DNA nanomachines: monitoring molecular encounter dynamics in live cell membranes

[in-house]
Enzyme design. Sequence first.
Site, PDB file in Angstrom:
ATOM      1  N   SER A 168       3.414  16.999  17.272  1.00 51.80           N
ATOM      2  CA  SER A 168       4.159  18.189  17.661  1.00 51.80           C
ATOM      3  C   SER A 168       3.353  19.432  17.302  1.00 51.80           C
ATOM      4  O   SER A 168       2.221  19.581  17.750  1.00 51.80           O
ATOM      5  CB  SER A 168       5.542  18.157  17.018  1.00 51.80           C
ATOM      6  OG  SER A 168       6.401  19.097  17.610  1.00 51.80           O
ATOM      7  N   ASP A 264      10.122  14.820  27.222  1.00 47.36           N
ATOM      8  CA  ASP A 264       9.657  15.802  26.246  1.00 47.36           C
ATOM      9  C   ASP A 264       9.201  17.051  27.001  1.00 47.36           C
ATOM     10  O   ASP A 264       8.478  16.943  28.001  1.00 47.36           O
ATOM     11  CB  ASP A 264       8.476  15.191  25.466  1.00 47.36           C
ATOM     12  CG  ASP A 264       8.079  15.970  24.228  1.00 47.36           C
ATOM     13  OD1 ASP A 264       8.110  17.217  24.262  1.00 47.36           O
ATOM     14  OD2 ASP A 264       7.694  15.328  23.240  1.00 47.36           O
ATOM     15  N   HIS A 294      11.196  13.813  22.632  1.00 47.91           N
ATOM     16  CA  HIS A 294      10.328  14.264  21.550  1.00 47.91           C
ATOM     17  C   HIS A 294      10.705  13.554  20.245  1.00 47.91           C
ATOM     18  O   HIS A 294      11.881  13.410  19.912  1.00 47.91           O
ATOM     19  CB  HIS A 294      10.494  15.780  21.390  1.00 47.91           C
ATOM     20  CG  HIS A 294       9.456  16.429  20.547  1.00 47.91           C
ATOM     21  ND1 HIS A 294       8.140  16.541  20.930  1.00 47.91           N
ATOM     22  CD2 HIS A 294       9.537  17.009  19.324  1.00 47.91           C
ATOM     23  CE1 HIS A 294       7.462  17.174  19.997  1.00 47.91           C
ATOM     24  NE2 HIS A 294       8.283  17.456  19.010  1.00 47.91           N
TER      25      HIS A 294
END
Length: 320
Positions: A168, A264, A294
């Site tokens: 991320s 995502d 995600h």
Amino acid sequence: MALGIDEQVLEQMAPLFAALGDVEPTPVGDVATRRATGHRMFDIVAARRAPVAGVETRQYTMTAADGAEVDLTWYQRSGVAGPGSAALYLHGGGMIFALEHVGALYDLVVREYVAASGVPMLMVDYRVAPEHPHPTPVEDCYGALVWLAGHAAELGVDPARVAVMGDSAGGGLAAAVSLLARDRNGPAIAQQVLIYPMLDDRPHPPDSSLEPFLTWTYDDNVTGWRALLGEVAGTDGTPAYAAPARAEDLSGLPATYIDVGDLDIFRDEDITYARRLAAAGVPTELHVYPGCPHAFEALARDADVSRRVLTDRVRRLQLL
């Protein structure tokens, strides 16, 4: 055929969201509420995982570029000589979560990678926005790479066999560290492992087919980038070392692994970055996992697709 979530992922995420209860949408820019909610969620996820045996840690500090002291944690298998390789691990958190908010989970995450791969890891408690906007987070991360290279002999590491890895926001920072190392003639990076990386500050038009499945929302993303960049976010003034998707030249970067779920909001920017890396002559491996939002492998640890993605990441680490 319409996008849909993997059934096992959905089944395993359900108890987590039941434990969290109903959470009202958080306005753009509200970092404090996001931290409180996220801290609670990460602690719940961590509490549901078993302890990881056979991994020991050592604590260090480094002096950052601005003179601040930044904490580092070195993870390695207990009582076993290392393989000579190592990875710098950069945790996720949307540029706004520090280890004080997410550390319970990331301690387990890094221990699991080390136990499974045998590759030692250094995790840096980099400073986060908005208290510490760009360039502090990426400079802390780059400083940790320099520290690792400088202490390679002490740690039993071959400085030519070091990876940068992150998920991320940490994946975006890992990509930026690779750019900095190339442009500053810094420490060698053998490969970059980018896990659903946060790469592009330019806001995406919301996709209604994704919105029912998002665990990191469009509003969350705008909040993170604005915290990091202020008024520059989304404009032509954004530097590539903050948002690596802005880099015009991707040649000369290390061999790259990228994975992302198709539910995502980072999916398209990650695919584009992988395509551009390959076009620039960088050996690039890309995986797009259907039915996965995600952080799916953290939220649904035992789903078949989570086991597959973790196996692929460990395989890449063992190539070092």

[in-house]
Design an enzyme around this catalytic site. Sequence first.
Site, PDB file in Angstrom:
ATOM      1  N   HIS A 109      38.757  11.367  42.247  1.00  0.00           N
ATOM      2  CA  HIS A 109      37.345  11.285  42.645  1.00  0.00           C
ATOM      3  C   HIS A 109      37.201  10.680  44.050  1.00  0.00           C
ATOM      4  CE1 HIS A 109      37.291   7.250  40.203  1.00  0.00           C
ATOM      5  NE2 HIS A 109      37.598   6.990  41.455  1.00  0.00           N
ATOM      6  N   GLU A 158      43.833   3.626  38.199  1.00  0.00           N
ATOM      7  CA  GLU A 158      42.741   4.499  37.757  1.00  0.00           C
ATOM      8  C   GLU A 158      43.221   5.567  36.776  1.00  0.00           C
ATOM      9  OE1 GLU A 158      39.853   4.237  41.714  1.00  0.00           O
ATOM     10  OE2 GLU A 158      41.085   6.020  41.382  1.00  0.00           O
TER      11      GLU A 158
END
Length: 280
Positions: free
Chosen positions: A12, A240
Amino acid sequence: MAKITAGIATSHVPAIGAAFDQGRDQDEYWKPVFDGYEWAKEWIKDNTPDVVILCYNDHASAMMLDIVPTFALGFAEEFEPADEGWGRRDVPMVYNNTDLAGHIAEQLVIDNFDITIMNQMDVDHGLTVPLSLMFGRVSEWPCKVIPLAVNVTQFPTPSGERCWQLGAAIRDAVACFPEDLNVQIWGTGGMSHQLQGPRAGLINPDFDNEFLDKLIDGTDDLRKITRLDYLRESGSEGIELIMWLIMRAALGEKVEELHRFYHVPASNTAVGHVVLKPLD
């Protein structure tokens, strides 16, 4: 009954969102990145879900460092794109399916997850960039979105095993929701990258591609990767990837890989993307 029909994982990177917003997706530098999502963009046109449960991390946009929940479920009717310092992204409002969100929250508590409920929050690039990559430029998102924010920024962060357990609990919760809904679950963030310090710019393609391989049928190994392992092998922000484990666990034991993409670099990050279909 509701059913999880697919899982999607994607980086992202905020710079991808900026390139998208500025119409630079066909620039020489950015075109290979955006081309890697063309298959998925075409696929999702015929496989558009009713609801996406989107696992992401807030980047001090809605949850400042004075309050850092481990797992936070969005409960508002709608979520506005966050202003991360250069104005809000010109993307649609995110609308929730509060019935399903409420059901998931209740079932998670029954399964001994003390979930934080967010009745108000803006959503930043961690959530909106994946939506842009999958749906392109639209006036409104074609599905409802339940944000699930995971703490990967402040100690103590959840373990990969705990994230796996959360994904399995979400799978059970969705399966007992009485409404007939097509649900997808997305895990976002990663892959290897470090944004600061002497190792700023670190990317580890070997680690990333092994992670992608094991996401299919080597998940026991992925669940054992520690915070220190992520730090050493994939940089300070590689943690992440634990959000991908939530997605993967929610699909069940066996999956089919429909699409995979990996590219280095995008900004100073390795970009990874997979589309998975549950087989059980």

DNA nanomachines: monitoring molecular encounter dynamics in live cell membranes The cell membrane features a variety of heterogeneous and dynamic compartments to regulate cell structure and function. These compartments are generally classified into a relatively packed, lipid-ordered (Lo) domain (10-200 nm) enriched in saturated lipids and cholesterol, and a more fluid, liquid-disordered (Ld) domain comprising mainly unsaturated lipids [1]. According to the lipid raft theory, Lo domains, which selectively recruit specific lipids and proteins, serve as critical platforms for signal transduction and membrane protein trafficking [2]. Therefore, resolving the interplay and dynamics of lipids and proteins on the plasma membrane is of great importance to unveil the properties and biological relevance of membrane domains. Despite accumulating knowledge from in vitro assays, the organization and dynamics of membrane domains in living cells are still elusive. Efforts have been made to use advanced microscopic techniques such as single-molecule tracking (SMT), super-resolution fluorescence imaging and Förster resonance energy transfer (FRET) for live-cell investigations [3]. For example, the application of SMT to evaluate the oligomerization, transient interaction, domain incorporation and diffusion of membrane components has been demonstrated. However, the limitations of these methods include complex instrumentation and operation, inefficient time resolution for transient interaction at the μs level and/or inability of simultaneously monitoring of the entire plasma membrane [4]. In recent work by the Tan group, a simple and elegant method was developed to probe the dynamics of membrane lipids and proteins in living cells. This was achieved by taking advantage of emerging DNA nanomachine technology. As shown in Fig. 1, they designed a DNA nanomachine operated with five ssDNA probes: two anchor strands (S1, S2) that linked to two target membrane components (lipids in this case) and labeled with a quencher in one strand (S1), one walker strand (W) labeled with a fluorophore, one block strand (B) and one initiator strand (I). In the absence of I, S1 and S2 hybridized with B and W, respectively, at different locations on the cell surface; thus, the cell was fluorescent. Running of the nanomachine was initiated with the addition of strand I, which removed strand B from strand S1. Therefore, when the two target components encountered, strand W was translocated from S2 to S1 for W/S1 hybridization through a toehold-mediated DNA strand displacement, resulting in the quenching of fluorescence. In this way, the transient membrane encounter events were transduced to the cumulative fluorescence signal change, which was easily measured by the commonly accessible flow cytometry or fluorescence microscopy [5]. Figure 1. View largeDownload slide Schematic illustration of the DNA nanomachine operation on live-cell membrane. After the addition of the initiator (I) strand to remove the block (B) strand from the anchor site S1, the locomotion of the DNA walker strand (W) from anchor site S2 to S1 is monitored by detecting the fluorescence signal decrease. Thus the collision of the two membrane components respectively conjugated with S1 and S2 is probed (from [5]). Figure 1. View largeDownload slide Schematic illustration of the DNA nanomachine operation on live-cell membrane. After the addition of the initiator (I) strand to remove the block (B) strand from the anchor site S1, the locomotion of the DNA walker strand (W) from anchor site S2 to S1 is monitored by detecting the fluorescence signal decrease. Thus the collision of the two membrane components respectively conjugated with S1 and S2 is probed (from [5]). The authors used this method to study three typical lipids on the plasma membrane of Ramos cells: Lo lipid diacyllipids (L), Ld lipid tocopherols (T) and cholesterols (C). Their encounter rates, encounter preference and percentage of diffusion areas across the cell membrane have been calculated. The results suppor-ted the lipid raft theory that the plasma membrane is heterogeneous and the same lipids tend to confine in the same type of lipid domain. In addition, after coupling the protein-specific aptamers to the DNA nanomachine probes, they applied the same method to investigate the interaction of membrane proteins. The strategy developed by the Tan group demonstrates a novel and practical way to study dynamic interactions of membrane components. Although it needs to be considered whether the diffusion and encounter of native lipids or proteins are affected by the DNA strand conjugation and strand displacement efficiency, exploring the new DNA nanomachines to live-cell investigation is of great interest. Future work would be expected to correlate the membrane encounter dynamics with important cellular processes, such as membrane trafficking, cell signaling and cell polarization, to further our understanding of membrane functions, especially their differences in healthy and diseased states. REFERENCES 1. Sezgin E, Levental I, Mayor S et al.   Nat Rev Mol Cell Biol  2017; 18: 361– 74. CrossRef Search ADS PubMed  2. Honigmann A, Mueller V, Ta H et al.   Nat Commun  2014; 5: 5412. CrossRef Search ADS PubMed  3. Xia T, Li N, Fang XH. Annu Rev Phys Chem  2013; 64: 459– 80. CrossRef Search ADS PubMed  4. Sezgin E, Schwille P. Cold Spring Harb Perspect Biol  2011; 3: a009803. CrossRef Search ADS PubMed  5. You M, Lyu Y, Han D et al.   Nat Nanotechnol  2017; 12: 453– 9. CrossRef Search ADS PubMed  © The Author(s) 2017. Published by Oxford University Press on behalf of China Science Publishing & Media Ltd. This article is published and distributed under the terms of the Oxford University Press, Standard Journals Publication Model (https://academic.oup.com/journals/pages/about_us/legal/notices) http://www.deepdyve.com/assets/images/DeepDyve-Logo-lg.png National Science Review Oxford University Press